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Simple Steps To Effectively Train Your Dog

Steven F. Udvar-Hazy Center: Boeing 367-80 (prototype 707, first jet airliner), and De Havilland Canada DHC-1A Chipmunk Pennzoil Special
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<i>Image by <a href=Chris Devers
Quoting Smithsonian National Air and Space Museum | De Havilland-Canada DHC-1A Chipmunk, Pennzoil Special:

De Havilland originally designed the Chipmunk after World War II as a primary trainer to replace the venerable Tiger Moth. Among the tens of thousands of pilots who trained in or flew the Chipmunk for pleasure was veteran aerobatic and movie pilot Art Scholl. He flew his Pennzoil Special at air shows throughout the 1970s and early ’80s, thrilling audiences with his skill and showmanship and proving that the design was a top-notch aerobatic aircraft.

Art Scholl purchased the DHC-1A in 1968. He modified it to a single-seat airplane with a shorter wingspan and larger vertical fin and rudder, and made other changes to improve its performance. Scholl was a three-time member of the U.S. Aerobatic Team, an air racer, and a movie and television stunt pilot. At air shows, he often flew with his dog Aileron on his shoulder or taxied with him standing on the wing.

Gift of the Estate of Arthur E. Scholl

Manufacturer:
De Havilland Canada Ltd.

Pilot:
Art Scholl

Date:
1946

Country of Origin:
United States of America

Dimensions:
Wingspan: 9.4 m (31 ft)
Length: 7.9 m (26 ft)
Height: 2.1 m (7 ft 1 in)
Weight, empty: 717 kg (1,583 lb)
Weight, gross: 906 kg (2,000 lb)
Top speed: 265 km/h (165 mph)
Engine: Lycoming GO-435, 260 hp

Materials:
Overall: Aluminum Monocoque Physical Description:Single-engine monoplane. Lycoming GO-435, 260 hp engine.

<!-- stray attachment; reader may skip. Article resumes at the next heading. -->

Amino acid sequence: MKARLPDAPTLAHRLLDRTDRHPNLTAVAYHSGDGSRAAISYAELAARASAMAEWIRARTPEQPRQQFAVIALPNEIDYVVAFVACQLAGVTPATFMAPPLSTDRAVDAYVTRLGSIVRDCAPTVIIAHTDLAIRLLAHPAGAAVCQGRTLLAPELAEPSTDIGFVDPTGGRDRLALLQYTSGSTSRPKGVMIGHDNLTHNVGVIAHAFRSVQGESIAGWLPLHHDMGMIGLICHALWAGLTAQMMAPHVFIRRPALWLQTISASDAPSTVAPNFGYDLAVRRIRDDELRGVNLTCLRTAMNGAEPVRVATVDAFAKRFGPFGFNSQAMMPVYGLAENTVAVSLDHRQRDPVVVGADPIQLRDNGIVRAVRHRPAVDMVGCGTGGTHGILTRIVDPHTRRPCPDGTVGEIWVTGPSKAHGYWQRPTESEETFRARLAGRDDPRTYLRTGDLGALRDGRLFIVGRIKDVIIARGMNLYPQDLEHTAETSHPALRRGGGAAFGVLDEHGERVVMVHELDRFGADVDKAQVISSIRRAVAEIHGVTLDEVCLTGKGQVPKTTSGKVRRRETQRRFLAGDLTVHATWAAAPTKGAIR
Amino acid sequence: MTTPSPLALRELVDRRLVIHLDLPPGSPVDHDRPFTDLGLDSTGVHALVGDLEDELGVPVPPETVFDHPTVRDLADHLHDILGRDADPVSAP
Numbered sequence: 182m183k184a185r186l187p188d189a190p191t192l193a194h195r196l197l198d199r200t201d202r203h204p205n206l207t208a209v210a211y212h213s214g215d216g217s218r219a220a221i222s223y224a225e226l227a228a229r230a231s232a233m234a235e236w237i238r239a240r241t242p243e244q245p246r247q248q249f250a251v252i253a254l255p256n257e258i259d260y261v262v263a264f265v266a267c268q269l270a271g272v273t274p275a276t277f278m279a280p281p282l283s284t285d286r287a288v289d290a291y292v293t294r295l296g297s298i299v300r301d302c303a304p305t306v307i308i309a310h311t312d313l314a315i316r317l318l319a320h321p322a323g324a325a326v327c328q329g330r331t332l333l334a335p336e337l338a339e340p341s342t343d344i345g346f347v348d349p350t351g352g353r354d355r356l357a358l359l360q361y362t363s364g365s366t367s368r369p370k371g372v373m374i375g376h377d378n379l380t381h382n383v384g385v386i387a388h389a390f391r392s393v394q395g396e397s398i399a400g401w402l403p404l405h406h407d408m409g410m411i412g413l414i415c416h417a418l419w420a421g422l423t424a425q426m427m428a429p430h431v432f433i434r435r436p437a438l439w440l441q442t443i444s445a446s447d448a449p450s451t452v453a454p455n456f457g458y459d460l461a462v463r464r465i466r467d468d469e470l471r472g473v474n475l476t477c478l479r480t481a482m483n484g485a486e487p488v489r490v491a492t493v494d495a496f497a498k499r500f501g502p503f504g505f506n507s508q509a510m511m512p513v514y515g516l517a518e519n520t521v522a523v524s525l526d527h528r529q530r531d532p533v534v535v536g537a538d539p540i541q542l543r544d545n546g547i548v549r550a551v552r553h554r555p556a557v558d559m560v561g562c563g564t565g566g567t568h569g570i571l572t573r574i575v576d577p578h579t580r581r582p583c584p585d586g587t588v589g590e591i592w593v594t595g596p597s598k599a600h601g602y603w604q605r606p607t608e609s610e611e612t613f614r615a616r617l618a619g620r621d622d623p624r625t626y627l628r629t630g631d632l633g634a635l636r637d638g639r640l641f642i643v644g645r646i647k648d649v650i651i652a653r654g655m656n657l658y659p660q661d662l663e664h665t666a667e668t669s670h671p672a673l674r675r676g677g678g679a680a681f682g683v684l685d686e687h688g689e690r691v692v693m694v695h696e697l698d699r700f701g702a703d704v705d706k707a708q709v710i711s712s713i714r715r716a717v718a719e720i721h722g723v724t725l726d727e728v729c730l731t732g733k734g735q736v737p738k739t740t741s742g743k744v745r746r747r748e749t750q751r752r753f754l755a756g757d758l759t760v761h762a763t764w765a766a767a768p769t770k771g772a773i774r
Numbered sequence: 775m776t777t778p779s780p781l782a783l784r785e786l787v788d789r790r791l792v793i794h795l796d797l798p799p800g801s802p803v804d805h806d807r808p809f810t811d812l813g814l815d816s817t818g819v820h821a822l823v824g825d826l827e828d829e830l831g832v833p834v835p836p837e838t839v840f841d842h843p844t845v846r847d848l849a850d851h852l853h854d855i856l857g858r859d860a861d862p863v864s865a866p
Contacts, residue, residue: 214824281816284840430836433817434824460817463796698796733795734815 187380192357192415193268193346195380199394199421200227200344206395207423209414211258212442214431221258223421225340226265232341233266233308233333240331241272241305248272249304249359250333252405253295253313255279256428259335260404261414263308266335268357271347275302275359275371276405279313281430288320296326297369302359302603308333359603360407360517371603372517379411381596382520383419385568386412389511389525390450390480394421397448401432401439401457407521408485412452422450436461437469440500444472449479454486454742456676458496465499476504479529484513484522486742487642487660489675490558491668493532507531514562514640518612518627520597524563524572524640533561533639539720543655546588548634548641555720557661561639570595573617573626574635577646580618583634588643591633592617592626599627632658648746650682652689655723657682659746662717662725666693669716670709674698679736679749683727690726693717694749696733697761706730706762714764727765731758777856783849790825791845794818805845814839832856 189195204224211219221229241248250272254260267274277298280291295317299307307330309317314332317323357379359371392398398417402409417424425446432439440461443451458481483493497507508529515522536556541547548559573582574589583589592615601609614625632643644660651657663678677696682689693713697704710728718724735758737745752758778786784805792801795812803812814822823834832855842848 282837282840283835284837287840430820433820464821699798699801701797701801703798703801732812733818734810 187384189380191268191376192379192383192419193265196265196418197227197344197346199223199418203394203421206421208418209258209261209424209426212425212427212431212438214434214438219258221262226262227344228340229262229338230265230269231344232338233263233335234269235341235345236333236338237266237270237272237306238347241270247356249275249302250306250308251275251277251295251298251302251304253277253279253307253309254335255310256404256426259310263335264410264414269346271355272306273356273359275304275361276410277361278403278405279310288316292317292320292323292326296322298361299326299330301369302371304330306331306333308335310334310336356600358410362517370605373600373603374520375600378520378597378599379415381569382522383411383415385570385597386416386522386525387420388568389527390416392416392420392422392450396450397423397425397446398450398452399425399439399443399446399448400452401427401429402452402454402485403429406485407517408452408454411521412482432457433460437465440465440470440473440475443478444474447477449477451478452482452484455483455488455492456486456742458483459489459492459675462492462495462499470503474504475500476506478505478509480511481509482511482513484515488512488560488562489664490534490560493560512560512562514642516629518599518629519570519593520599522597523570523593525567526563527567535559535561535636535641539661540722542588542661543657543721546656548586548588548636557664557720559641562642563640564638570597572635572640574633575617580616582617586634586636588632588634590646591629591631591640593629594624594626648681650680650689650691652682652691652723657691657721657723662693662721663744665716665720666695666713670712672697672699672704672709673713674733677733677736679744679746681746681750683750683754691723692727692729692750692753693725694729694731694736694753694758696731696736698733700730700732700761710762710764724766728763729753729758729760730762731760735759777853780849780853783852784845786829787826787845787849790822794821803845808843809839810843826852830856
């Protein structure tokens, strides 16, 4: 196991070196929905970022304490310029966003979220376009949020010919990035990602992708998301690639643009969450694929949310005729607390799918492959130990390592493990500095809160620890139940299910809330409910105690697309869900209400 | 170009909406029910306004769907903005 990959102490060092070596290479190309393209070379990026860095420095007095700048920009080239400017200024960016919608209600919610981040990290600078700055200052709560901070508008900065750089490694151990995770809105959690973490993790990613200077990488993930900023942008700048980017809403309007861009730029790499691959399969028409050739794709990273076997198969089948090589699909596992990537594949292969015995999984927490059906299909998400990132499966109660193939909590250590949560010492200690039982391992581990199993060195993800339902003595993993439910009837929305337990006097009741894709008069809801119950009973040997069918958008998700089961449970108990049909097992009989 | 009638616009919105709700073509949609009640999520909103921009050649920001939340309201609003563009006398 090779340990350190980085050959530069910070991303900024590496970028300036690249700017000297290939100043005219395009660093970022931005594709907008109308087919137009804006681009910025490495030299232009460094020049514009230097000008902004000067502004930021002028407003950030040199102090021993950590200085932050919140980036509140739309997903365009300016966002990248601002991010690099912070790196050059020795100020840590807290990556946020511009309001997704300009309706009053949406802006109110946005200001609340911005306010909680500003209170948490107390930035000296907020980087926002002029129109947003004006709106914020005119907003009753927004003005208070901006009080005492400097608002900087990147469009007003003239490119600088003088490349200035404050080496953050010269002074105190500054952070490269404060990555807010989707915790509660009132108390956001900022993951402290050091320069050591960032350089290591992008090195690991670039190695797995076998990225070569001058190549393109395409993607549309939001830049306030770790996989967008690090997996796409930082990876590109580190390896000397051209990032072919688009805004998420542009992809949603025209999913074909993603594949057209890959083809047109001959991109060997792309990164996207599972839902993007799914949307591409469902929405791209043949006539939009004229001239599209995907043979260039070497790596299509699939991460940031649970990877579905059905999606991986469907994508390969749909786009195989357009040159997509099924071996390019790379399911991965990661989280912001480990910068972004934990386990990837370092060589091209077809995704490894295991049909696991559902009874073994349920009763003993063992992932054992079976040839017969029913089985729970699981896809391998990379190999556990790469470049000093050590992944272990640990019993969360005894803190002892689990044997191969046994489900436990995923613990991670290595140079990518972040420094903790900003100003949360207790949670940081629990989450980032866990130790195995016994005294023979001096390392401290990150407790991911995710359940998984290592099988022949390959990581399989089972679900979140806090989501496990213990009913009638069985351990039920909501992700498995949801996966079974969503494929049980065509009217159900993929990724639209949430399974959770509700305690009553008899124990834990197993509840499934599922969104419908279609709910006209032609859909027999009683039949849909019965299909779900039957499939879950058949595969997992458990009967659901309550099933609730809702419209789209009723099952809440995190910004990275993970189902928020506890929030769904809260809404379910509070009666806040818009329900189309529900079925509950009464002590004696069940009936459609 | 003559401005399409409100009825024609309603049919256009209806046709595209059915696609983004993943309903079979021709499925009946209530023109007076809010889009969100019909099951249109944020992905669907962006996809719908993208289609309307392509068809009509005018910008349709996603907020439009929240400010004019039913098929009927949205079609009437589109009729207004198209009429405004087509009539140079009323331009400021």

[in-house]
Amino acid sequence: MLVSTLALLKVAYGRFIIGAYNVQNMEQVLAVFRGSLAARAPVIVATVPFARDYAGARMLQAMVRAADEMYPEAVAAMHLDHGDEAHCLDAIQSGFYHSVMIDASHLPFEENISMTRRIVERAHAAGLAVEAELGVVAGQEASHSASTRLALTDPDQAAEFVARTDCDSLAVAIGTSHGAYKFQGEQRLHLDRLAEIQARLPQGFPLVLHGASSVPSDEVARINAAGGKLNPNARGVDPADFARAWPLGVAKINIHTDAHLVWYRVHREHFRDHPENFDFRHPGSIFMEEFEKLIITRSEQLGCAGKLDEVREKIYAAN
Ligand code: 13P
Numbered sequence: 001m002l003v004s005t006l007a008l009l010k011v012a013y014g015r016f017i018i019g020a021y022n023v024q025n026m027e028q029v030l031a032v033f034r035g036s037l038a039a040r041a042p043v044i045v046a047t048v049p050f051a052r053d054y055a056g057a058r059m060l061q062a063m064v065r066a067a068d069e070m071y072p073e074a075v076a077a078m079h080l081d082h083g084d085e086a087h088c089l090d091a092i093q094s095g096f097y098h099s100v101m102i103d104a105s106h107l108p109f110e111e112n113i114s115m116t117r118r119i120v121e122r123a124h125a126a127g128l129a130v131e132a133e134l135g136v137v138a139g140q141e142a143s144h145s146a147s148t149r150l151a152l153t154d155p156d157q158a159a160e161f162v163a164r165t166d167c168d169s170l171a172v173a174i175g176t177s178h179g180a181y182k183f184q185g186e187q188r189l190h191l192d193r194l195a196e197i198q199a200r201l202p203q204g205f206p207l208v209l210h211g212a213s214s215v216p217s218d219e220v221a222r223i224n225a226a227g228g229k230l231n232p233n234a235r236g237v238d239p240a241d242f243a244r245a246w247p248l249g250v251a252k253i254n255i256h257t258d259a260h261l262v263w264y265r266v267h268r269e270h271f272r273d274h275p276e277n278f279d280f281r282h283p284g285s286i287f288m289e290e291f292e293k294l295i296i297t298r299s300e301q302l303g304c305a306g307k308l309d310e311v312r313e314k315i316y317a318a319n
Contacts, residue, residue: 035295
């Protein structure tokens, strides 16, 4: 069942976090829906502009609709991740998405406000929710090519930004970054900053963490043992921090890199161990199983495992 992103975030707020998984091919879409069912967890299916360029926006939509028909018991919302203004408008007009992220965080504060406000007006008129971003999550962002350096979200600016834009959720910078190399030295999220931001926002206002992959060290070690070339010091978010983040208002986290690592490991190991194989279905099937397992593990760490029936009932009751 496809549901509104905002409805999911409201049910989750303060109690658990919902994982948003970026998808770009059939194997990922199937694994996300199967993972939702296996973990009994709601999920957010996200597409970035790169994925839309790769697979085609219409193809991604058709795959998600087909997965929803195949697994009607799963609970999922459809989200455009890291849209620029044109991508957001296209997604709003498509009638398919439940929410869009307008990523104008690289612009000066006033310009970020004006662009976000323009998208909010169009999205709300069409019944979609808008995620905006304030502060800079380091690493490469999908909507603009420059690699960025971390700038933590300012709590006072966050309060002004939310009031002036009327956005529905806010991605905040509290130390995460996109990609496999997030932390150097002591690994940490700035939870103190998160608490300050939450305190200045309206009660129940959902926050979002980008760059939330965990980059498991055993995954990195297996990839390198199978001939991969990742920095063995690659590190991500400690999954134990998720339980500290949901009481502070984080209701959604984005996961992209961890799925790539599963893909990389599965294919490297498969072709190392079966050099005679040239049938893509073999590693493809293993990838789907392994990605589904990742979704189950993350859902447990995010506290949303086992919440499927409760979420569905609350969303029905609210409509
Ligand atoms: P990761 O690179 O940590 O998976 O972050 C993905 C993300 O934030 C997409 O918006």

• • • • •

Quoting Smithsonian National Air and Space Museum | Boeing 367-80 Jet Transport:

On July 15, 1954, a graceful, swept-winged aircraft, bedecked in brown and yellow paint and powered by four revolutionary new engines first took to the sky above Seattle. Built by the Boeing Aircraft Company, the 367-80, better known as the Dash 80, would come to revolutionize commercial air transportation when its developed version entered service as the famous Boeing 707, America’s first jet airliner.

In the early 1950s, Boeing had begun to study the possibility of creating a jet-powered military transport and tanker to complement the new generation of Boeing jet bombers entering service with the U.S. Air Force. When the Air Force showed no interest, Boeing invested million of its own capital to build a prototype jet transport in a daring gamble that the airlines and the Air Force would buy it once the aircraft had flown and proven itself. As Boeing had done with the B-17, it risked the company on one roll of the dice and won.

Boeing engineers had initially based the jet transport on studies of improved designs of the Model 367, better known to the public as the C-97 piston-engined transport and aerial tanker. By the time Boeing progressed to the 80th iteration, the design bore no resemblance to the C-97 but, for security reasons, Boeing decided to let the jet project be known as the 367-80.

Work proceeded quickly after the formal start of the project on May 20, 1952. The 367-80 mated a large cabin based on the dimensions of the C-97 with the 35-degree swept-wing design based on the wings of the B-47 and B-52 but considerably stiffer and incorporating a pronounced dihedral. The wings were mounted low on the fuselage and incorporated high-speed and low-speed ailerons as well as a sophisticated flap and spoiler system. Four Pratt & Whitney JT3 turbojet engines, each producing 10,000 pounds of thrust, were mounted on struts beneath the wings.

Upon the Dash 80′s first flight on July 15, 1954, (the 34th anniversary of the founding of the Boeing Company) Boeing clearly had a winner. Flying 100 miles per hour faster than the de Havilland Comet and significantly larger, the new Boeing had a maximum range of more than 3,500 miles. As hoped, the Air Force bought 29 examples of the design as a tanker/transport after they convinced Boeing to widen the design by 12 inches. Satisfied, the Air Force designated it the KC-135A. A total of 732 KC-135s were built.